Q. It’s your last drink and meal on earth. What’ll it be?
A.: A nice red wine, Malbec, and a perfectly cooked steak.
Q. If you could go back and tell your 16-year-old self something, what would you say? To worry less about falling in love, and more about having fun with all those young girls.
I generally sacrifice being able to just sit back and enjoy life.
Q. How do you want to be remembered?
A. As someone who lived his life passionately, and always strove to be better.
Q. Why ski uphill? Why is earning your turns so important to you?
A. By having to earn your turns, and work hard for your vertical, each downhill turn is that much more worthwhile. It’s also about exploration and pushing oneself. But, really, it’s just that each turn means that much more, and feels that much better.
Q. You’ve climbed and skied 2 million vertical feet in a year, and 100 vertical kilometers in a month. What drives you to fixate on these outsized goals?
A. Although I’m “simply” a skier, I want to know that I’m pushing myself, furthering my sport and myself. I don’t want to be stagnant, but prefer to be living life. These goals give me a tangible goal that I can focus on that allow me to know that I’m pushing myself as hard as I can.
Q. How do you stay sane out there day after day? Podcasts? Audiobooks? CBC? Or just the sweet sounds of nature, and fresh pow whooshing past your helmet?
A. I don’t need any external influences. I want solitude and to be able to listen to the mountains so that I know what is happening around me at all times. Luckily enough, I like myself so I am never lonely out there.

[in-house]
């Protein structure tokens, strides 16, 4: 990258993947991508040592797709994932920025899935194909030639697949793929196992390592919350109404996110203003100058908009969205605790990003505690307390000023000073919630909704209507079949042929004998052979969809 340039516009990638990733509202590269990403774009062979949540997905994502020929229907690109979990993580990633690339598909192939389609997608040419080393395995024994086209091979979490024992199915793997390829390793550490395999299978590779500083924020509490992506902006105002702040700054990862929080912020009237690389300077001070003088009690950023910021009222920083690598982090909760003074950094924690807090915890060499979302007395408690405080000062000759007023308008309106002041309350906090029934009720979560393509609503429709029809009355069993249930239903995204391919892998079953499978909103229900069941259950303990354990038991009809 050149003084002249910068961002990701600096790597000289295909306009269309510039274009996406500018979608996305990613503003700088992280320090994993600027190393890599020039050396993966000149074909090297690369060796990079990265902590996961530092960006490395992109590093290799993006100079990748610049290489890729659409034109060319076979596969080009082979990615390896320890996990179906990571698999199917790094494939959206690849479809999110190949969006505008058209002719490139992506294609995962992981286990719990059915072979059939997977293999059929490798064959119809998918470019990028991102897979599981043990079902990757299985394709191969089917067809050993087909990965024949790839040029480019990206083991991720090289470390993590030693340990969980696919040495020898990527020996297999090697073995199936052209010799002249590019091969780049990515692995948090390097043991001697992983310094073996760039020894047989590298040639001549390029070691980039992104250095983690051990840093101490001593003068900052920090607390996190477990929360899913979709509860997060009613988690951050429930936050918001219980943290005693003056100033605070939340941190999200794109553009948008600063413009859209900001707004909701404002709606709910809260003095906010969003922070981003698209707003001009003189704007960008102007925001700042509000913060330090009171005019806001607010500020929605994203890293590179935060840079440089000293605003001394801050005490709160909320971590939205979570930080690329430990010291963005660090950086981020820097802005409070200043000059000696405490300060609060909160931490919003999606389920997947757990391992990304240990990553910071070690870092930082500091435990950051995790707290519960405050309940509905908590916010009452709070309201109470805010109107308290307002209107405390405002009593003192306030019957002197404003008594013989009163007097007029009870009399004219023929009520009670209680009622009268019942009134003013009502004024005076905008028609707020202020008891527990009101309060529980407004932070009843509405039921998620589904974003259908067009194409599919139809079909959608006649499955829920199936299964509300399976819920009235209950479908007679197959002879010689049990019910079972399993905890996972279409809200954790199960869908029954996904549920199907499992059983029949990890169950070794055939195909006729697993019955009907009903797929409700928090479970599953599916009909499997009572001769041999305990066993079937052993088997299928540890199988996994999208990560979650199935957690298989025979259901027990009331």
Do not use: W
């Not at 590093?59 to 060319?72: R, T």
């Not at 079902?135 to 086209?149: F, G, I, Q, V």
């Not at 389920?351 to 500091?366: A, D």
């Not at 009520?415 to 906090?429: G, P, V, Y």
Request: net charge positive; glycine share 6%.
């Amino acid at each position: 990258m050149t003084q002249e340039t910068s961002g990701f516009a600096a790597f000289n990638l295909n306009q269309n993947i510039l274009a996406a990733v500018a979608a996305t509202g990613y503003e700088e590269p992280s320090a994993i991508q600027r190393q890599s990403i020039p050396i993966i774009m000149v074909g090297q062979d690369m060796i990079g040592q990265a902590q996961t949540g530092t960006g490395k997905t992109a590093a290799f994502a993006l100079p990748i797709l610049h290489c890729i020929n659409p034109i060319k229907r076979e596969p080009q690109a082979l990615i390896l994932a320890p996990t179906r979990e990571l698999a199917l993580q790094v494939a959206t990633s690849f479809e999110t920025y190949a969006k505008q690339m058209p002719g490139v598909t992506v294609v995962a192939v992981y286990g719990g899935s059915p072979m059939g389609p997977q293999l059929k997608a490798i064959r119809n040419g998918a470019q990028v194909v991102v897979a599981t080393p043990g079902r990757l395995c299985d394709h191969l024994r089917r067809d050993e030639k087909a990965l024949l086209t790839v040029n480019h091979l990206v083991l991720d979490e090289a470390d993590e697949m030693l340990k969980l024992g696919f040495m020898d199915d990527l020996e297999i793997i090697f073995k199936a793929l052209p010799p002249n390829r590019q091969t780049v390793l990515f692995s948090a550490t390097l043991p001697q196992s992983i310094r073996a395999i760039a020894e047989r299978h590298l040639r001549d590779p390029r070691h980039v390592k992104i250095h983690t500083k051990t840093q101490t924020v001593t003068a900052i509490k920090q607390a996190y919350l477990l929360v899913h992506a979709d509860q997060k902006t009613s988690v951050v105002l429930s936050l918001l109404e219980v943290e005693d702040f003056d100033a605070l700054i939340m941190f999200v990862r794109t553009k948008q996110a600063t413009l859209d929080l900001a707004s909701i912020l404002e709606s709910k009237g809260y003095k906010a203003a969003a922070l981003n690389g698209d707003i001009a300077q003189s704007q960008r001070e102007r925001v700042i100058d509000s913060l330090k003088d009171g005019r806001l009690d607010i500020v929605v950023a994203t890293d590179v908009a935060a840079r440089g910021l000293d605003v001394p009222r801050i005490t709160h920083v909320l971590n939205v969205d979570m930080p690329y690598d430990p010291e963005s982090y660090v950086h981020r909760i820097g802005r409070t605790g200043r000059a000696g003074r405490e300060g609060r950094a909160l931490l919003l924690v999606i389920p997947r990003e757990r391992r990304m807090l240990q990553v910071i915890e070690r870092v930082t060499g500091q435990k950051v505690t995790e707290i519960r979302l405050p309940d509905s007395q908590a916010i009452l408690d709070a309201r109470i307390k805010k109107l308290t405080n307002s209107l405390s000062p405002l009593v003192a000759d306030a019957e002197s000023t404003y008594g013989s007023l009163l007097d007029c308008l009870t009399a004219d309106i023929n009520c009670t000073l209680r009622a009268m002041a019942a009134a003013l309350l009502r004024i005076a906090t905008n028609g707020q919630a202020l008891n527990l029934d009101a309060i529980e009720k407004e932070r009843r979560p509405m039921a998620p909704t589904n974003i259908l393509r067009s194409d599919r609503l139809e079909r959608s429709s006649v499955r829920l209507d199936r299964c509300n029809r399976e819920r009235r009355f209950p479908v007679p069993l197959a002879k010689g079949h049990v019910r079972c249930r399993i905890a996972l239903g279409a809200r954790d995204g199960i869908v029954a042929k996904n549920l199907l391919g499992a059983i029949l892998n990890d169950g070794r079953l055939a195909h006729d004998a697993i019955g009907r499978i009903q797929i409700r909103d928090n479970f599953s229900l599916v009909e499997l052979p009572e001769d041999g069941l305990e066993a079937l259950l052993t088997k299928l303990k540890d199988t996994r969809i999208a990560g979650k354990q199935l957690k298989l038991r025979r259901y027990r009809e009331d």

Q. What’s the biggest sacrifice you’ve had to make in order to complete a challenge?
A. I generally sacrifice being able to just sit back and enjoy life. I enjoy life, but it’s always at a breakneck pace and full of endorphins. When I am on a mission, it’s all about that mission. Each day off is planning the next week, letting my body catch up and getting ready to go again.
Q. What’s a typical day of eating look like during one of these massive, sustained efforts? It seems like you must have your nutrition pretty dialed by now.
A. I let my body tell me what to eat, but I do have a system: Breakfast of egg-in-the-hole with a smoothie; large lunch with avocados, Clif bars and gels, and big sandwiches of peanut butter, butter and jam; when I get home, I have a protein smoothie and some toast. Then I cook a good meal and enjoy it with my family. Late night snack and repeat.
Q. How do you balance hard-charging days with recovery, so you can keep hitting the mountains day after day, injury-free?
A. I listen to my body, push it as far as I can go and, when it tells me to stop, I do. When I start feeling my IT band flare up, I get after it with rollers and stretching.
Q. Speaking of injury, it must be a real bitch being sidelined so long following last year’s avalanche in Pakistan. How are you dealing with rehab?